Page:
Lava Network heats up the node landscape with market forces
“Everyone agrees” you have to decentralize infrastructure. Now it’s about execution
Cosmos and Aphelleon/Shutterstock modified by Blockworks
Decentralization is a spectrum. After years of putting up with relatively centralized critical infrastructure in the node space, the industry is making progress towards achieving a more Web3-native vision.
Lava Network rolled out its Software Development Kit (SDK) Beta on Tuesday, turning the page to a new phase of its testnet. The project serves as a marketplace for high-performance, decentralized blockchain Remote Procedure Calls (RPC) and APIs.
RPC nodes are essential for users interacting with blockchains, but when offered by a few centralized companies, they present a single point of failure. They can also pose problems related to privacy, censorship and data accuracy.
Unlike most testnets, Lava’s is already serving two hundred node providers, operating on their blockchain’s respective mainnets.
CEO Yair Cleper calls it “kind of Uber for nodes.”
So far, Lava has seen rapid organic growth of demand for the network to replace current public RPCs that are frequently run by ecosystems themselves.
“We call it an incentivized public RPC,” Cleper said, or IPRPC. “We are offering to our community — to our node runners — the option to join the IPRPC on its dedicated chain, and the ecosystem rewards them.”
The protocol, which is backed by leading crypto-native investors like Tribe Capital, Jump Capital, AlphaLab, Hashkey, and Alliance DAO, already supports 30 active chains.
Lava Network itself is a modular layer built as a sovereign app-chain using the Cosmos SDK, and acts as a distribution channel for node providers. It automatically routes requests to the most optimal node available, according to quality of service score.
These scores, tallied by Lava based on latency, availability and “freshness” of the data, are what allows the network to feed reliable and fast data providers to developers and users. This is all done programmatically, based strictly on market forces rather than as a result of off-chain agreements.
The Lava chain tracks service scores and payouts distributed monthly, removing the need for locating nodes and contracting with them individually.
On a mission
Cleper and chief technology office Gil Binder both served in the Israeli army. Cleper is based in Tel Aviv, while Binder moved to New York about 5 years ago. The 2021 edition of the Solana Breakpoint conference was the pair’s first foray into crypto.
They observed shortcomings in infrastructure across the industry.
“There is a natural evolution in the way that the blockchain data is being consumed,” Cleper told Blockworks. “From the beginning — everyone running his own nodes — then going to the centralized provider; they really eliminate the barrier to consume, read, write data, but at the same time, introduce new problems.”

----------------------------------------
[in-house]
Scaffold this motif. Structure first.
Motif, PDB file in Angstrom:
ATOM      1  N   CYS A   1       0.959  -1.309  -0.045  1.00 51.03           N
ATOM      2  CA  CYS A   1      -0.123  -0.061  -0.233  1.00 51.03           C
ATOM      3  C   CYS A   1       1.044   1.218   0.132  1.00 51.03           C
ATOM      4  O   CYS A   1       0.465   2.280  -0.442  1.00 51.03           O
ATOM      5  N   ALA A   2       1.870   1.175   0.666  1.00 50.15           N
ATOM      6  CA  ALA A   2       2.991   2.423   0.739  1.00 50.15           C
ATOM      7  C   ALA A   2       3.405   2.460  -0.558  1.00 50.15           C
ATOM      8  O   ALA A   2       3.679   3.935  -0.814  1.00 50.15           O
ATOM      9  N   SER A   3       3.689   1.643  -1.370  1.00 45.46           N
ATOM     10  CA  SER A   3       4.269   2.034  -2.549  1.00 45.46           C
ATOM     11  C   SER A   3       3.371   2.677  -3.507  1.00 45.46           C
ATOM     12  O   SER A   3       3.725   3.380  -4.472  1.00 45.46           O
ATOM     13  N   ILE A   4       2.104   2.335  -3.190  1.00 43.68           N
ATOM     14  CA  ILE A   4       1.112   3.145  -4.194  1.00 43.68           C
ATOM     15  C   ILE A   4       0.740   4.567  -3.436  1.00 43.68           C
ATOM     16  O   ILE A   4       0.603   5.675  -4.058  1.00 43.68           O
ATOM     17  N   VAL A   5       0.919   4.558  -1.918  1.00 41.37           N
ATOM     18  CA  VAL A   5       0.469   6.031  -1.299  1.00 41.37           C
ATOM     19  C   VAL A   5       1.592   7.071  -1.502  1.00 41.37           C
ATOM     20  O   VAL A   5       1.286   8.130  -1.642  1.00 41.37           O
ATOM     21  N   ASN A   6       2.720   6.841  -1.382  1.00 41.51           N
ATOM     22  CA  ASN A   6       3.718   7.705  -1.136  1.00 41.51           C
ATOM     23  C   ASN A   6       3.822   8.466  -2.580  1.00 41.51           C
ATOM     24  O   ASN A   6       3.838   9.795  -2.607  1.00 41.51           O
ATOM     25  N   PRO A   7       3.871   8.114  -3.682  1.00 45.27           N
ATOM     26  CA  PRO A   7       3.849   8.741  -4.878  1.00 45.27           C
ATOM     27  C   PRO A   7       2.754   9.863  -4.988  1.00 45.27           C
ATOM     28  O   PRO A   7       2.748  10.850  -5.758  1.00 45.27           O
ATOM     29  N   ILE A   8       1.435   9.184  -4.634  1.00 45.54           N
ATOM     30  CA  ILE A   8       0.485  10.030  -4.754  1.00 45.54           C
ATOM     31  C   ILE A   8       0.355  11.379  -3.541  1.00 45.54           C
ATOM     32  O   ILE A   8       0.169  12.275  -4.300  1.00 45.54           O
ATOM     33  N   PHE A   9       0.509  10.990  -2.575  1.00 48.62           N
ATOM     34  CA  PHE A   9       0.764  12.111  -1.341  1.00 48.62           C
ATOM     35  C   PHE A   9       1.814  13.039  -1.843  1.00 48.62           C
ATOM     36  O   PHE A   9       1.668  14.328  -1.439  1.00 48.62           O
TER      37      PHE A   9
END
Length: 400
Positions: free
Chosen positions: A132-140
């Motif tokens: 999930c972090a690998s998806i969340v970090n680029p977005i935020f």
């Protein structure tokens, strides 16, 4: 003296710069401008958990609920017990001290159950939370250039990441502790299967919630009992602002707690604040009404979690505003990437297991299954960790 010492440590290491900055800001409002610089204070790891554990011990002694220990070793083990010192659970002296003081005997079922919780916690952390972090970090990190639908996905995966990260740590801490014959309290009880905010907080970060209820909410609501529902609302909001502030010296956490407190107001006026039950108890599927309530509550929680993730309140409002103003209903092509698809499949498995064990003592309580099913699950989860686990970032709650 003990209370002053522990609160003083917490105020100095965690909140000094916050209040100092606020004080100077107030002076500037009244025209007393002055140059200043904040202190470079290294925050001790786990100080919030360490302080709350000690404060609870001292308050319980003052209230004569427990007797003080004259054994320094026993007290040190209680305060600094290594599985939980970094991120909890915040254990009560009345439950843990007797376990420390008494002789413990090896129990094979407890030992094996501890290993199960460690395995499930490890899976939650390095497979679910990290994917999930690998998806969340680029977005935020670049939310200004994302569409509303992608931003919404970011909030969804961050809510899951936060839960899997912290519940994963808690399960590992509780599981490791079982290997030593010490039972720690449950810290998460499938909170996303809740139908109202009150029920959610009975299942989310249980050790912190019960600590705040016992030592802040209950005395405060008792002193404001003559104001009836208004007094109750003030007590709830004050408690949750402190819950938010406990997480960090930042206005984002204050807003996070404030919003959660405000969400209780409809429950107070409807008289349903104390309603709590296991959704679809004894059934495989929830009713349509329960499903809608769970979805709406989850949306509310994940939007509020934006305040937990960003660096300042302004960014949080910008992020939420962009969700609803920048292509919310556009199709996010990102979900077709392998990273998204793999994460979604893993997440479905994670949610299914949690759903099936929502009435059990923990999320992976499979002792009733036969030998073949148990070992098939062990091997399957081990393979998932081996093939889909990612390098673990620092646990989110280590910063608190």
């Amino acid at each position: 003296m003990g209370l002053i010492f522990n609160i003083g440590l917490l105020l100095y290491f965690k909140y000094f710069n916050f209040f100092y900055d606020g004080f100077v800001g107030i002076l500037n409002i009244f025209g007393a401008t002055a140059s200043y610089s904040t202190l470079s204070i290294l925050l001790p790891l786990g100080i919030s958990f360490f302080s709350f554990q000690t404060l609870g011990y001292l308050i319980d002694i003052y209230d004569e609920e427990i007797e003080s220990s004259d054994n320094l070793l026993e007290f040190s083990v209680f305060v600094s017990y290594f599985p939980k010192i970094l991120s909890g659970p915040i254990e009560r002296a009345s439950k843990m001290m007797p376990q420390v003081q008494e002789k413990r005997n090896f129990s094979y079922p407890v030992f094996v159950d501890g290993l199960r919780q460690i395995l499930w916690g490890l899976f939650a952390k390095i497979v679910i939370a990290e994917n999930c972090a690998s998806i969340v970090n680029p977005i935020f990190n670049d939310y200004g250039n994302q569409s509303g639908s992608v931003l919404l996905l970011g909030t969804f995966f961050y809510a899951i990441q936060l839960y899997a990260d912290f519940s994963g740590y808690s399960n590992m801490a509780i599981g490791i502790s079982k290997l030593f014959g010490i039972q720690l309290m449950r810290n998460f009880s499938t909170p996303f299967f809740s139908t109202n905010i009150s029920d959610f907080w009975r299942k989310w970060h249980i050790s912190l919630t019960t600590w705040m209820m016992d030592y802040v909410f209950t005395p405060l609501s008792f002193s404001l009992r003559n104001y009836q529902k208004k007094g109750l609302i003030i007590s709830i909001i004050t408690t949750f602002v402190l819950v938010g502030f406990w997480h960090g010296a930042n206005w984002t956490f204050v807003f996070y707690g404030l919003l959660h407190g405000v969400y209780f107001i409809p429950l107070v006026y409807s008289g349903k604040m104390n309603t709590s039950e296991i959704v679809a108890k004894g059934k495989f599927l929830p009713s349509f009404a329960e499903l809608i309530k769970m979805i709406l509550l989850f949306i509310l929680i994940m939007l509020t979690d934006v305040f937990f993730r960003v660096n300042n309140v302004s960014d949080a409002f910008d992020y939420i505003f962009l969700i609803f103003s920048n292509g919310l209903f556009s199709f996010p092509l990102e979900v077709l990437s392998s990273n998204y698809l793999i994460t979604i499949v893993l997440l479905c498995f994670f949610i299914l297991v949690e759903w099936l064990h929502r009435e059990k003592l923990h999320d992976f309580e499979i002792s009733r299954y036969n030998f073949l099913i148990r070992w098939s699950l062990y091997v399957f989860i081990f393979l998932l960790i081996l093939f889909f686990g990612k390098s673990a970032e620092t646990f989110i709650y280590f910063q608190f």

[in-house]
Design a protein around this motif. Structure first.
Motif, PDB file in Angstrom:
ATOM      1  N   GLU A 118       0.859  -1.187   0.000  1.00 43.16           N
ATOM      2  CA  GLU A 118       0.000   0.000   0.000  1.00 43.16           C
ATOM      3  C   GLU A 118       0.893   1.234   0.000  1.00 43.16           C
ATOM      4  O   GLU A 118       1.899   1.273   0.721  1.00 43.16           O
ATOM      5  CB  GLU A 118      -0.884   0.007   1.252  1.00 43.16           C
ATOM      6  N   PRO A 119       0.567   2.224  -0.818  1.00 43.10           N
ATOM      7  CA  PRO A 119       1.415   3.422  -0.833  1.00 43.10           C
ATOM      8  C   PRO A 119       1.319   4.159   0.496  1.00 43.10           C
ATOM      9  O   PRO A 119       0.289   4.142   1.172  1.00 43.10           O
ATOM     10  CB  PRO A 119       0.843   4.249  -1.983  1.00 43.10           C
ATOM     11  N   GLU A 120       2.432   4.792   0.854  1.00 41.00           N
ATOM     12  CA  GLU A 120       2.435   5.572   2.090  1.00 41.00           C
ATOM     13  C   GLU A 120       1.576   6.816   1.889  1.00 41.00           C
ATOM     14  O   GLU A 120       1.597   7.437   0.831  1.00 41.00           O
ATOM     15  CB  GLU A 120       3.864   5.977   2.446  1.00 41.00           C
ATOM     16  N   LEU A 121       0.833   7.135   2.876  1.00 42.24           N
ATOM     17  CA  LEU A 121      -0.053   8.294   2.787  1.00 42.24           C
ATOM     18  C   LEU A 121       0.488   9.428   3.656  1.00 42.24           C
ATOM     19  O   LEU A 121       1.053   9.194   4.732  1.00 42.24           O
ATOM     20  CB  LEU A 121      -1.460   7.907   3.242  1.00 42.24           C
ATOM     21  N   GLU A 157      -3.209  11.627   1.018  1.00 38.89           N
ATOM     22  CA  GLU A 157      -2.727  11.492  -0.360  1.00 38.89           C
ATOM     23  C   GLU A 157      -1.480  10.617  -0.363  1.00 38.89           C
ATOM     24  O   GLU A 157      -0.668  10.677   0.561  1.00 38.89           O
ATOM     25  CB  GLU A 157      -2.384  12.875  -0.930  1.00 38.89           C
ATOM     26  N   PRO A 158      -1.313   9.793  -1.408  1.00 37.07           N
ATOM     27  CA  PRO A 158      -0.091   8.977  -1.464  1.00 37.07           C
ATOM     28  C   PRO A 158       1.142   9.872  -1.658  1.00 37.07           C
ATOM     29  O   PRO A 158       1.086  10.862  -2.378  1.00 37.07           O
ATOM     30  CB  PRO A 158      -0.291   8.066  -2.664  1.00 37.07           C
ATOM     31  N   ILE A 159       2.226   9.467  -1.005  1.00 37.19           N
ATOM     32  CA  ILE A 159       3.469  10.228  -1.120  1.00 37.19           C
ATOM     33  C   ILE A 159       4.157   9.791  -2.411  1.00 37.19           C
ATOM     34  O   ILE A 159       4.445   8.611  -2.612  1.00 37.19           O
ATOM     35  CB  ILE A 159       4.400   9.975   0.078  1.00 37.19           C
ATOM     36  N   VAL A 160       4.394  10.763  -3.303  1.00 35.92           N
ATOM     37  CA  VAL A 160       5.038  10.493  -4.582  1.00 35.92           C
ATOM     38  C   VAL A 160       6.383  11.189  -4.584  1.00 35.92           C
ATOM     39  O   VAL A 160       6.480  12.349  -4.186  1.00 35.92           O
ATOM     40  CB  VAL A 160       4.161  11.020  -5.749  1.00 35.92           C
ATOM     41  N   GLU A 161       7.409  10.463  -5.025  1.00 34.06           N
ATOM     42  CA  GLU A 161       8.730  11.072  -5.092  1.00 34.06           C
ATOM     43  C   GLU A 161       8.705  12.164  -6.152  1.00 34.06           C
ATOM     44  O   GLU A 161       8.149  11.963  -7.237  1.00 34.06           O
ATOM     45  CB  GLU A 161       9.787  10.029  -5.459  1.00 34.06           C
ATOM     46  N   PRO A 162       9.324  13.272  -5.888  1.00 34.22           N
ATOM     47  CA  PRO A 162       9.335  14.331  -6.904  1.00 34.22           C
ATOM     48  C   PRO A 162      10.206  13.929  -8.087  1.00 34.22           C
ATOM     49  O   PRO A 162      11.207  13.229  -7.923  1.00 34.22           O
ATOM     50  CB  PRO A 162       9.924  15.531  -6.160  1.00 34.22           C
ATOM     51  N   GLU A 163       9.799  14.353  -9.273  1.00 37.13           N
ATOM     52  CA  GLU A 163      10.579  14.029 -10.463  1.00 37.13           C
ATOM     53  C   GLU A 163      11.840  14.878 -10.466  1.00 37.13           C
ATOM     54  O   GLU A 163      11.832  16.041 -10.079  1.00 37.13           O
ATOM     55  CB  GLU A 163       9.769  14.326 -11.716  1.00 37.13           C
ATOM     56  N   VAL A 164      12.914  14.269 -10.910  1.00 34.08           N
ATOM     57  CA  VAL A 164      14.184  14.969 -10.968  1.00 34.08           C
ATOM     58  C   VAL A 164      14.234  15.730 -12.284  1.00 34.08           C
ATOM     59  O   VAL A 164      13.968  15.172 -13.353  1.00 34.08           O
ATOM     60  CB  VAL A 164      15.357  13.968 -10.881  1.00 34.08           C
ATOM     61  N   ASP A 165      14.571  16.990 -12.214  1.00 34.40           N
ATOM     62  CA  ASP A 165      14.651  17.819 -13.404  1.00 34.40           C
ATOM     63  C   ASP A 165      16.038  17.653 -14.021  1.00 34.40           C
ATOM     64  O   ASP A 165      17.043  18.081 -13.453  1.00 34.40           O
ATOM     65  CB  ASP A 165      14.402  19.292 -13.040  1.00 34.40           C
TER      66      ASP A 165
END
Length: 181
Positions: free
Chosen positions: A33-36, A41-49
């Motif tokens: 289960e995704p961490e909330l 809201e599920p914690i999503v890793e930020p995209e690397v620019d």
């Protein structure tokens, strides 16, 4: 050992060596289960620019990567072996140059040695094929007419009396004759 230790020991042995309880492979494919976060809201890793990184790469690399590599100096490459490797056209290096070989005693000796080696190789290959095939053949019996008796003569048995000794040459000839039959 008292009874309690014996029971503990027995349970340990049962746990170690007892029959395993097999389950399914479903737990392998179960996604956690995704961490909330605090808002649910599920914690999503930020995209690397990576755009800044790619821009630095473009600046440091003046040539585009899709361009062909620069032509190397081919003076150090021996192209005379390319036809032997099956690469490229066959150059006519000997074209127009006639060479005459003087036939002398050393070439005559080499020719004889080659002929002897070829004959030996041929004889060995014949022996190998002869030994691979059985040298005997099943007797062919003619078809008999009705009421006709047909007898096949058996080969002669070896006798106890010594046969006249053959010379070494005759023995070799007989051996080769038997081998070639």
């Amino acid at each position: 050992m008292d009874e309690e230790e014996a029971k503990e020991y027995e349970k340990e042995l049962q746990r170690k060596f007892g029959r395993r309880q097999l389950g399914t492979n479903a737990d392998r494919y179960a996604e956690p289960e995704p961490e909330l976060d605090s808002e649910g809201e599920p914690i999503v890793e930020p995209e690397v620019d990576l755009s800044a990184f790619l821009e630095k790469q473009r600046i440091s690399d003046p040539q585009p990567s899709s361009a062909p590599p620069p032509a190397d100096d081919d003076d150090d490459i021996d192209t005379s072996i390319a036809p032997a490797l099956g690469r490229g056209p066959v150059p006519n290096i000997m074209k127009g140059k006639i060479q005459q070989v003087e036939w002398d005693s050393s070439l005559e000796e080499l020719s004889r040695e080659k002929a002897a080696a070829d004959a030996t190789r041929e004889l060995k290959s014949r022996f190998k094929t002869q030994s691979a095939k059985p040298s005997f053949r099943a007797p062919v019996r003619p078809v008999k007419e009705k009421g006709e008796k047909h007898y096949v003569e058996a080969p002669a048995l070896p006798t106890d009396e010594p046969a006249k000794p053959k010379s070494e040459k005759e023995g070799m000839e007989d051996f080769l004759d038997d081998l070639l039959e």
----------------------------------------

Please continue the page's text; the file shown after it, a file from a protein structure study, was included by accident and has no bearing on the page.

There have been efforts to decentralize the infrastructure stack, including among the big centralized players, but Lava’s approach to the problem is novel.
First, the Lava SDK is “a peer-to-peer communication protocol, straight from the browser, accessing only the top provider without any middle layer,” Cleper explained, sidestepping the drawbacks of the more centralized status quo.
Second, is a new blockchain primitive which Lava terms, “specs.”
The introduction of specs enables anyone to permissionlessly add support for new chains, APIs and data services to the network, significantly expanding Lava’s capabilities.
“Everyone can join lava, introduce their own specs and build it while supporting the new upcoming nascent chains,” Cleper said.
In a modular multichain world with potentially hundreds or thousands of app-chains and rollups, centralized node providers simply won’t be able to keep up, he said.
“And we thought, how do we harness the power of community to bring kind of an Amazon algorithm that automatically gives you the best provider constantly scoring the session, the service you give.”
The spec is analogous to categories of items in the Amazon store. Lava aggregates all providers adhering to a given spec, and its quality of service algorithm directly connects the user to the best available option.
To use another analogy, “a spec is like a menu at a restaurant,” Binder said. “It tells you what are the specifications, what data can you get, what’s the interface to getting the data.”
Node providers are like franchise owners of a restaurant chain with all the same dishes on the menu.
RPC nodes are only the first step, but Binder anticipates a flood of data APIs to use the network, providing structured, indexed data for all sorts of Web3 use cases. The team is in discussions with indexing providers such as Subsquid.
Node providers, such as Blockdaemon, Chainstack and hundreds of others, get a pro-rated share of rewards based on quality of service. Lava facilitates reputation on-chain, based on verifiable data from the provider’s service.
“We use that reputation to increase how often a provider can get access to users,” Binder said. “It’s a market — for providers, for consumers, for champions — to bring in these opportunities and then have competition around quality, which results in better service in the end.”
It’s no longer necessary to make the case for decentralized infrastructure. “Everyone agrees with this message that decentralizing RPC, that’s the way to go, and now the question is executing the best platform that allows these providers to compete,” he said.
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